Supreme Court decision was hardly 'bizarre'
Re: "Roberts pulls a fast one," July 5
Examiner columnist Gregory Kane argued that Supreme Court Chief Justice John Roberts' ruling upholding the constitutionality of Obamacare was "bizarre" because "Congress can't compel you to buy a product or service as part of its powers to regulate commerce, but (according to Roberts) it can tax you for not buying what it is you're not compelled to buy in the first place."
Perhaps I can clear up some of Kane's confusion. Congress can compel citizens to buy health insurance. It just can't do so under the commerce clause, which -- as Mr. Kane rightly points out -- allows the legislature to regulate, not compel, commerce.
But Congress does have the right to impose a tax on individuals whose neglect (i.e., failing to guard against unexpected health care costs) increases costs for everyone else.
If you drive without car insurance and are caught, you will suffer a financial penalty. Not everyone drives, so not everyone should be required to buy car insurance. But everyone needs medical care at all stages of life, sometimes unpredictably.
Since the uninsured increase costs for everyone else when they unexpectedly need care and can't pay their bills, Congress has a right to penalize (tax) those who make this choice.
Pepco needs a management shake-up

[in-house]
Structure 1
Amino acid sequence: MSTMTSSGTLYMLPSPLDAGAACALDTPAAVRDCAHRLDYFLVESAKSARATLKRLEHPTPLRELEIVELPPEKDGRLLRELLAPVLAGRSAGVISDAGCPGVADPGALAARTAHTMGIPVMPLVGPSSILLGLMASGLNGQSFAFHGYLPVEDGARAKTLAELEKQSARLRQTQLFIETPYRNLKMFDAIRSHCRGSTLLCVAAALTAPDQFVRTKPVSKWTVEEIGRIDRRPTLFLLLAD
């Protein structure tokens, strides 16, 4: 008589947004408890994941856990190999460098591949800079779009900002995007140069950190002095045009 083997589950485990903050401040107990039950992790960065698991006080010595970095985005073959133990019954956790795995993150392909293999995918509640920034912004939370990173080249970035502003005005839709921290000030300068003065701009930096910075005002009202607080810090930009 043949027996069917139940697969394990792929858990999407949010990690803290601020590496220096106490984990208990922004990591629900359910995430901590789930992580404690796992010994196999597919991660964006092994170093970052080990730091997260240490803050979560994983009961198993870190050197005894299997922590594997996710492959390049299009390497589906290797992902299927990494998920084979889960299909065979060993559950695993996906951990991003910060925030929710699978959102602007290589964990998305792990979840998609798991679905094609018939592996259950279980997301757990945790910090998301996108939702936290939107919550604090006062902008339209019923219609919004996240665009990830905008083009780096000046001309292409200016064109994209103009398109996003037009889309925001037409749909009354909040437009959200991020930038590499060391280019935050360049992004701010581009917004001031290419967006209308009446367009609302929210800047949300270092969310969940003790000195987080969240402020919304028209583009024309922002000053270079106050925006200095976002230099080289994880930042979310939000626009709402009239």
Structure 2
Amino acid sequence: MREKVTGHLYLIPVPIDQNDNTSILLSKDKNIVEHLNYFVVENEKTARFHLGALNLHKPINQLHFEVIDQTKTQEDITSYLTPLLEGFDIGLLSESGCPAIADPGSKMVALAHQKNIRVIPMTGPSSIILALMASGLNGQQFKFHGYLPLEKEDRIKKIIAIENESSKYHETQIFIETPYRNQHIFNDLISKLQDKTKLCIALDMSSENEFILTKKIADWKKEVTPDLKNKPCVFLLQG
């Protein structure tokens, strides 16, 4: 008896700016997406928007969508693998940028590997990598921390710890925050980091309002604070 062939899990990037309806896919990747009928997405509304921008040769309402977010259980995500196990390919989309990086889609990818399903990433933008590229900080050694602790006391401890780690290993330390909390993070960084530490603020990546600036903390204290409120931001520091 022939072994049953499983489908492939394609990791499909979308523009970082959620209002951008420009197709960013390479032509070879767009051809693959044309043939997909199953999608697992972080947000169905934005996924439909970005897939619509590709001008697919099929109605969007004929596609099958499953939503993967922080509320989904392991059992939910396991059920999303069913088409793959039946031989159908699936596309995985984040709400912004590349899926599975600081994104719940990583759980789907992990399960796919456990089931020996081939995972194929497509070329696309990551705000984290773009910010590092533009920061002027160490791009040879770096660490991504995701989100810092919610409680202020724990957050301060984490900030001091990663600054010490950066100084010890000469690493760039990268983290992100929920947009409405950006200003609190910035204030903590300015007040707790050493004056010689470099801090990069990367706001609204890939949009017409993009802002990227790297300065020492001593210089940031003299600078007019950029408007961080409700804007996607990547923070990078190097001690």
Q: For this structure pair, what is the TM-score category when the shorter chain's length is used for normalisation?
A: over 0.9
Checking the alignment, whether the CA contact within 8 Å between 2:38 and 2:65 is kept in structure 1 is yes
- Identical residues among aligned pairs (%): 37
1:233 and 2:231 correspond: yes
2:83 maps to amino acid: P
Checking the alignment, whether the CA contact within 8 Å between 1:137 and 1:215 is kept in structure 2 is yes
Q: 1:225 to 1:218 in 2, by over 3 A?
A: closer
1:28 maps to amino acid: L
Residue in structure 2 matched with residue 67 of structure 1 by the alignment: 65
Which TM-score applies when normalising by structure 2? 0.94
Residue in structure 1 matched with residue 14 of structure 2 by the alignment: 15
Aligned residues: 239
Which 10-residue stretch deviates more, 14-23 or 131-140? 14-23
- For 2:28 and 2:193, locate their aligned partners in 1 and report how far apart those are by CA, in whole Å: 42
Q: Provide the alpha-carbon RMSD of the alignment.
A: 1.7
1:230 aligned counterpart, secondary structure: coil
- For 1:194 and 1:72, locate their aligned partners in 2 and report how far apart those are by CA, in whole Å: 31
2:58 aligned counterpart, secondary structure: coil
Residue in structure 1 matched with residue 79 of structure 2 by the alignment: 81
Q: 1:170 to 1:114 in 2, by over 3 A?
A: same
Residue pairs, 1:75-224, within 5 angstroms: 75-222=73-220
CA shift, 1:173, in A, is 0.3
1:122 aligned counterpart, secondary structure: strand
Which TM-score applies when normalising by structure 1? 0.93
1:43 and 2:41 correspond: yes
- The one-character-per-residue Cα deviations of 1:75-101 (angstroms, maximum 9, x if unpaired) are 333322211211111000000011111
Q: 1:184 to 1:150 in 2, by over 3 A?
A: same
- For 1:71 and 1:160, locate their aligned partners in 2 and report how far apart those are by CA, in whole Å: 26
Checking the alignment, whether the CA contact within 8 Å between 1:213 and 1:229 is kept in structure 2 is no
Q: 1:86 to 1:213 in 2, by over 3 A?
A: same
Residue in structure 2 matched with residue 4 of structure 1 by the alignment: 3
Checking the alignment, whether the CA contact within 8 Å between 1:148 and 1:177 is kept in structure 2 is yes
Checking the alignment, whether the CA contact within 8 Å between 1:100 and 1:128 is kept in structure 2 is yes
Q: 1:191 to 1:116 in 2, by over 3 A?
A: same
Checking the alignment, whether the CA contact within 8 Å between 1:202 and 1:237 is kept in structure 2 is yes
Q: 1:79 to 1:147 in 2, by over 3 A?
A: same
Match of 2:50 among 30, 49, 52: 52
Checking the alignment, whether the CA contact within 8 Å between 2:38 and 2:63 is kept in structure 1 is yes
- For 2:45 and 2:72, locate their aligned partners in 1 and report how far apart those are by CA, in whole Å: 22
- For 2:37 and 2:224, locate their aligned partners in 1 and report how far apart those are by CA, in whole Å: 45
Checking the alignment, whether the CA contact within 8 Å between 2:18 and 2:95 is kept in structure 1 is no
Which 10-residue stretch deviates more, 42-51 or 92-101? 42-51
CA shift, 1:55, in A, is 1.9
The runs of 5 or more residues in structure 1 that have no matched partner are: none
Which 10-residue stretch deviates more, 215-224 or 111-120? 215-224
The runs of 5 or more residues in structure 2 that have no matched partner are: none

Re: "After mass outages, Pepco waits for ruling on rate increase," July 4
The recent storm and Pepco's poor response is indicative of how unpreparedPepco continues tobein circumstances that require a timely and efficient operation.
The storm hitFridayevening, June 29th. ApparentlyPepco got next to nothingaccomplished the following Saturday and Sunday.To tell the publicand news media that it could take up to a week or longerto restoreservice to90 percent of its customers exposes Pepco's lack of care and plaininefficiency.
Their lack ofcommunication updates was appalling. We Pepco customers certainly deserve betterservice.
It's high time thatPepco is investigated. Changesneed to be made in the utility's management and performancein order toensure adequateservice."Disaster" isa label thatapplies to Pepco as well.
"Great Green Fleet" is a great big mistake
Navy Secretary Ray Maybus' "Great Green Fleet" initiative will have half our nation's Navy running on clean biofuels by the end of the decade. This will benefit the environment and reduce our dependence on foreign oil, both of which are great news for the U.S. Right?
Wrong.Republicans are correct to criticize this move. It is bad enough that the biofuels the Navy intends to use are seven times more expensive than conventional fuels.Worse still is that biofuels don't reduce carbon emissions.
Yes, ethanol and its siblings burn more cleanly than conventional oil, but when farmers convert forests and grassland to the crop fields needed to grow these fuels, they release more greenhouse gasses into the air than they would have if they had mined and burned a dirtier fuel.
If Congress is genuinely concerned about military spending and the environment, pursuing the "Great Green Fleet" initiative, however well-intentioned, would be an egregious mistake.